Apple pursues an optical atrial fibrillation sensor at Apple


At the heart of the file is the patent 7,020,514. The ‘514 patent, filed and attributed to Dr Joseph Wiesel, is called “Method and apparatus for detecting atrial fibrillation” and was awarded on March 28, 2006.

The original patent allows patients to use photoplethysmography, essentially what Apple uses in Apple with the green light and associated sensors, in a non-clinical setting. The suit calls the patent “pioneering steps in the detection of atrial fibrillation”.

Dr. Wiesel informed Apple of its patent on September 20, 2017, following the deployment of the Apple Series 3. The prosecution alleges that Apple refused to negotiate in good faith “even after Dr. Wiesel supplied to Apple detailed claims tables highlighting elements of Dr. Wiesel’s patent claims and their mapping to elements of Apple products. “

The lawsuit alleges that Apple’s marketing of irregular heartbeat notifications makes the patent an “essential part of Apple” used to stimulate consumer demand. In addition, the use of technology by Apple in the study on the heart of Apple with Stanford is presented as an example of the critical importance of technology for Apple and Apple.

The patent does not deal at all, but includes discussions of the devices attached to the “appendages” specified as a finger in the patent, or a “cuff device” in the case of an inflatable blood pressure sensor. The ‘514 patent includes a discussion that there must be a microprocessor of some kind to track time and interpret information recorded by the photoplethysmograph sensors.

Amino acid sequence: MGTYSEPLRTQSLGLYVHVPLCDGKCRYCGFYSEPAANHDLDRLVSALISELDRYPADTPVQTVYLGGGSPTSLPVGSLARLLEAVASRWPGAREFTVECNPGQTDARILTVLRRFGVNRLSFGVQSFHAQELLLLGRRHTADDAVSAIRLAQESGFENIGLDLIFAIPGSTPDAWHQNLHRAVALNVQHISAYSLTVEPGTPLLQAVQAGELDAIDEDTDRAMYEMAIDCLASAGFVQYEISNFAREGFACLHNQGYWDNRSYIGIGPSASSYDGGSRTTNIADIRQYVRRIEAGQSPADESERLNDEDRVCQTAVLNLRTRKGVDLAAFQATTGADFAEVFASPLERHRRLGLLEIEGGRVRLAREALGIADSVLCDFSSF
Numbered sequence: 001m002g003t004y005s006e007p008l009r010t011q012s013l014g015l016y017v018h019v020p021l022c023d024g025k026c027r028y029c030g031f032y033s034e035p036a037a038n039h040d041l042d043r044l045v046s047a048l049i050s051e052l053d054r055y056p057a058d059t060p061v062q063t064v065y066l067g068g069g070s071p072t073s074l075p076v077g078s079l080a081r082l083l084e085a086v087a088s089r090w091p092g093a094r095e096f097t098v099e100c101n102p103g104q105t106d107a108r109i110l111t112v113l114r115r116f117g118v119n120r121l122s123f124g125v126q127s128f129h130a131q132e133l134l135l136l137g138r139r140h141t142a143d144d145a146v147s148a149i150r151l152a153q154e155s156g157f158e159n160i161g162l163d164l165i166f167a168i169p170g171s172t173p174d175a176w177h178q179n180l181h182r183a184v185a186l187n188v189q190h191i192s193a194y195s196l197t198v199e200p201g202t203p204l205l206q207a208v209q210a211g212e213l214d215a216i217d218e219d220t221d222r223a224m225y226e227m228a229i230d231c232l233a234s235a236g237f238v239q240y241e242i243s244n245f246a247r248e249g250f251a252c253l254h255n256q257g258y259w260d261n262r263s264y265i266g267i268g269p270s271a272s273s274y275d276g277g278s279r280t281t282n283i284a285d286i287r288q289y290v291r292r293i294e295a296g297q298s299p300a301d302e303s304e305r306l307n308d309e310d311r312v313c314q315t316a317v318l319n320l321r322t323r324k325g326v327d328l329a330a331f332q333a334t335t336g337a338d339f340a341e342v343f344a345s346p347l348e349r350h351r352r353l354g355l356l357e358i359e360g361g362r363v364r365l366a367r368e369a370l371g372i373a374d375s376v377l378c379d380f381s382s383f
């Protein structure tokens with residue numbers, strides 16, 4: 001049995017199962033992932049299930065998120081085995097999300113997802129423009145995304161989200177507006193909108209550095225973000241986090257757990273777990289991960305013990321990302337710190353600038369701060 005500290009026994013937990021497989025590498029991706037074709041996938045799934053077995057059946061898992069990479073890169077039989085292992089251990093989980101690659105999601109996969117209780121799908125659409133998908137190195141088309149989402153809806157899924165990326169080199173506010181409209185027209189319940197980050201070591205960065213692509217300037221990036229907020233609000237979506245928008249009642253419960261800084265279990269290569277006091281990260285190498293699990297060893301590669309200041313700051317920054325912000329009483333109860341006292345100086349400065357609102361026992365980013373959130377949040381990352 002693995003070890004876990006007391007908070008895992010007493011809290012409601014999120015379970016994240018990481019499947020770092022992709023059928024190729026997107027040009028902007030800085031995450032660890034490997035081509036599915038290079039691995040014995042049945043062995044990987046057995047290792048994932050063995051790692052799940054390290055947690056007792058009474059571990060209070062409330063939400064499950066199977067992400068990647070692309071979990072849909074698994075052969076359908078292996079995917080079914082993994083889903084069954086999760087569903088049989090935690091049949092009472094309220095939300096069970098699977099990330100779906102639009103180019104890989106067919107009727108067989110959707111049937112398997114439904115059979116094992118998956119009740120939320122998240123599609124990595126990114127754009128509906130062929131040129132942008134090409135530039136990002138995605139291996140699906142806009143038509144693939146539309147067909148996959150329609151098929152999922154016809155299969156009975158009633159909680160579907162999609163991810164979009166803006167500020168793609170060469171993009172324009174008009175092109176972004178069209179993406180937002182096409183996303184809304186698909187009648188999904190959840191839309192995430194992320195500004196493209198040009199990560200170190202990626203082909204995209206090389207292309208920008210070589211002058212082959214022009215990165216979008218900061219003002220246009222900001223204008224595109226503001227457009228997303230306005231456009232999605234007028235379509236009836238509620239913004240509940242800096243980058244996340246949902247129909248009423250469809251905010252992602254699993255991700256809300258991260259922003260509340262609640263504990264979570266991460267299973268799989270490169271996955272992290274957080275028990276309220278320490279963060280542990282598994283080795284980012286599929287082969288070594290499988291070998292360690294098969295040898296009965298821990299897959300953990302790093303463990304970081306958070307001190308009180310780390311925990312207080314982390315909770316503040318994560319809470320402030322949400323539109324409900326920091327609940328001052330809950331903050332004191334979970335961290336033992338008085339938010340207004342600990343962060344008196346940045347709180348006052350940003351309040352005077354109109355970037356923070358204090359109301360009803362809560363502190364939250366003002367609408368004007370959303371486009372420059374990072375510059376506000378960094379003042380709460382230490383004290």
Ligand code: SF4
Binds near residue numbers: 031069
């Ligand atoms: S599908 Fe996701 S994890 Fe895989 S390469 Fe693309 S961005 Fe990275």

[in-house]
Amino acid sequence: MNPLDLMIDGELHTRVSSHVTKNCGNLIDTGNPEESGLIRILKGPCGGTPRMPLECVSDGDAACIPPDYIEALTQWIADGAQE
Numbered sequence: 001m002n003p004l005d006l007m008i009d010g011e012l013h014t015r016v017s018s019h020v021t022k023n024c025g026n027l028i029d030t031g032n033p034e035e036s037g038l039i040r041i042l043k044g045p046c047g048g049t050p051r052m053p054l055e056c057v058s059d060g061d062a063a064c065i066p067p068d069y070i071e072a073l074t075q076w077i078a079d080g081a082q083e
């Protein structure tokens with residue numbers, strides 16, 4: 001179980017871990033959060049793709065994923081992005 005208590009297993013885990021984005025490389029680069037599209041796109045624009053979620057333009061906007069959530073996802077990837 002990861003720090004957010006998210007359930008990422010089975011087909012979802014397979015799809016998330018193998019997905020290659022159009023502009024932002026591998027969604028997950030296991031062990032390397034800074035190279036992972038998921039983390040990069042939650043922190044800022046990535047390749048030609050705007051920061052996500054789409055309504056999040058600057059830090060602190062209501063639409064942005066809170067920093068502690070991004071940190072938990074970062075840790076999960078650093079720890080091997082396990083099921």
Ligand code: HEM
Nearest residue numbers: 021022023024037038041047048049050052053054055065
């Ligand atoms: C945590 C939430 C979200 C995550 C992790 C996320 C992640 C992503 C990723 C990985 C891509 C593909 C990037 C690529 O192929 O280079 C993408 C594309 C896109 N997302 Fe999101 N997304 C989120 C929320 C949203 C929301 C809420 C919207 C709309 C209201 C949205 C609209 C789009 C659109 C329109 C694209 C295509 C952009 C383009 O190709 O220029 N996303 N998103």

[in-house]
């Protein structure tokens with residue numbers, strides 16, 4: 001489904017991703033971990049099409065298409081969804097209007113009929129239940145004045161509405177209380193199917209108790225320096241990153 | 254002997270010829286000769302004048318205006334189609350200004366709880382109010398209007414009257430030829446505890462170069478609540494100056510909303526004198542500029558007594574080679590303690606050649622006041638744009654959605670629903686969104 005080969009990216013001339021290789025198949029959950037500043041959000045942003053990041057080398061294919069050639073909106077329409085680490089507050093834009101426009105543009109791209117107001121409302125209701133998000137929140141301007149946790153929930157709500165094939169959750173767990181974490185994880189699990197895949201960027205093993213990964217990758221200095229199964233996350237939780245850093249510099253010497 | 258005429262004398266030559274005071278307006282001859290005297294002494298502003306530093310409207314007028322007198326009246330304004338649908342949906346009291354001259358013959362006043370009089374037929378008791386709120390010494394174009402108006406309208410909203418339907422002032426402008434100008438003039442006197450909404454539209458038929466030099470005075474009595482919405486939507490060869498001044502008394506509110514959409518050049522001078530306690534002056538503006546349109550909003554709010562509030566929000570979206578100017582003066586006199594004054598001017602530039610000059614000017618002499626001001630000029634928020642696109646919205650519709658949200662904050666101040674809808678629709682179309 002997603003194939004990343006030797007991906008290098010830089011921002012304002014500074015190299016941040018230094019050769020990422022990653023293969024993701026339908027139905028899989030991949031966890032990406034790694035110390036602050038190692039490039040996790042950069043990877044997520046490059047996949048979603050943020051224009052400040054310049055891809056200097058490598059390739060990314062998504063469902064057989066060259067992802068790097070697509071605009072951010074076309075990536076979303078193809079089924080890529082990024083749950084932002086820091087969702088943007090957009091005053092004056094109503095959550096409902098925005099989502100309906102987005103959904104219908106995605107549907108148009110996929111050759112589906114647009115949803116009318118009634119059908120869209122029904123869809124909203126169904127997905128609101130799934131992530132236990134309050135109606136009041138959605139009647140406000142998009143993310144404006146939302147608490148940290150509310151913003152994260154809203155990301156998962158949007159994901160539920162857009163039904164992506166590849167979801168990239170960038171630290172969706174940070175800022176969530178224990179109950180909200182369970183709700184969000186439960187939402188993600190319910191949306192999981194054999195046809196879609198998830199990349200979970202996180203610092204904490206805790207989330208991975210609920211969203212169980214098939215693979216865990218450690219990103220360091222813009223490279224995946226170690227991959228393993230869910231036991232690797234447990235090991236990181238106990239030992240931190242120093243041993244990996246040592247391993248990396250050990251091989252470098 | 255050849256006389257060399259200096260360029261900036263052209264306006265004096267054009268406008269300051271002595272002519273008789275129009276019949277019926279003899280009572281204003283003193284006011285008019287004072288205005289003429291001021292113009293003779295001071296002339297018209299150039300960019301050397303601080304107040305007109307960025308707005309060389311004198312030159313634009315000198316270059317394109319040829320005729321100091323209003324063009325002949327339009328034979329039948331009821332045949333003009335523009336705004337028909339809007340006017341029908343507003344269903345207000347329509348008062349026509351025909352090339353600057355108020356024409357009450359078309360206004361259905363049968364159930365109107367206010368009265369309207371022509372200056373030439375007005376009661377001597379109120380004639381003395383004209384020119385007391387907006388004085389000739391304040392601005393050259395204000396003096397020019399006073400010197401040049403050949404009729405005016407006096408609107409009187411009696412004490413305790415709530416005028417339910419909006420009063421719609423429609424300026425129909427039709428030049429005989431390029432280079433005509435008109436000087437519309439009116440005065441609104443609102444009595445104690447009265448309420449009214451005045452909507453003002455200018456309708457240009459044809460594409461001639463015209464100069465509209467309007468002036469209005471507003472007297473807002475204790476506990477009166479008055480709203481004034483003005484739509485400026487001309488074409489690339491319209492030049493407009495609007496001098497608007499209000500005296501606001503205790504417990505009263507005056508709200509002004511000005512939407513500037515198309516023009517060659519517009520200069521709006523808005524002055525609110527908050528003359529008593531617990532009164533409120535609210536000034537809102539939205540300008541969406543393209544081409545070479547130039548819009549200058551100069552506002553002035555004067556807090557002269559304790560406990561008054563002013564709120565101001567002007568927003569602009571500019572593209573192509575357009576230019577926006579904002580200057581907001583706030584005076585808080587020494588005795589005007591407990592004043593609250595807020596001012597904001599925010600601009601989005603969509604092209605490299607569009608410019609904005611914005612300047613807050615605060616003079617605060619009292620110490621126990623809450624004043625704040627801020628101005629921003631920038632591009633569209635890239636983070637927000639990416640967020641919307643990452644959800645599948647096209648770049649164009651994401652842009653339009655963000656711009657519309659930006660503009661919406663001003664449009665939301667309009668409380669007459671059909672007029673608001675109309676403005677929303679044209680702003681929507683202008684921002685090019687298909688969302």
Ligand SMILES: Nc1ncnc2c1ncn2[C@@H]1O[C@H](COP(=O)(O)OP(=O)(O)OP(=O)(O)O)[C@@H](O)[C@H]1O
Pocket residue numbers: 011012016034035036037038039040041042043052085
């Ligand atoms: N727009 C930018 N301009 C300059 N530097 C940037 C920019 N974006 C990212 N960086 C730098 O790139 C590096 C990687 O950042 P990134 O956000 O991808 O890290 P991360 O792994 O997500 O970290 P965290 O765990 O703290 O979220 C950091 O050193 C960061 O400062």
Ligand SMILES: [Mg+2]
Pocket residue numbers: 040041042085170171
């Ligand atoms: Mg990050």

As far as the patent is concerned, there seems to be an important prior art with regard to the invention, many of which have been cited by the applicant. In addition, although Dr. Wiesel has a long and distinguished career and education, it does not appear that he was part of teams that developed photoplethysmograph hardware or software.

Dr. Wiesel is asking for future royalties, legal fees and recovery from past damages. Since the prosecution alleges that the offense is “deliberate, intentional and deliberate”, triple damages are sought.

Wiesel Versus Apple by Mike Wuerthele on Scribd

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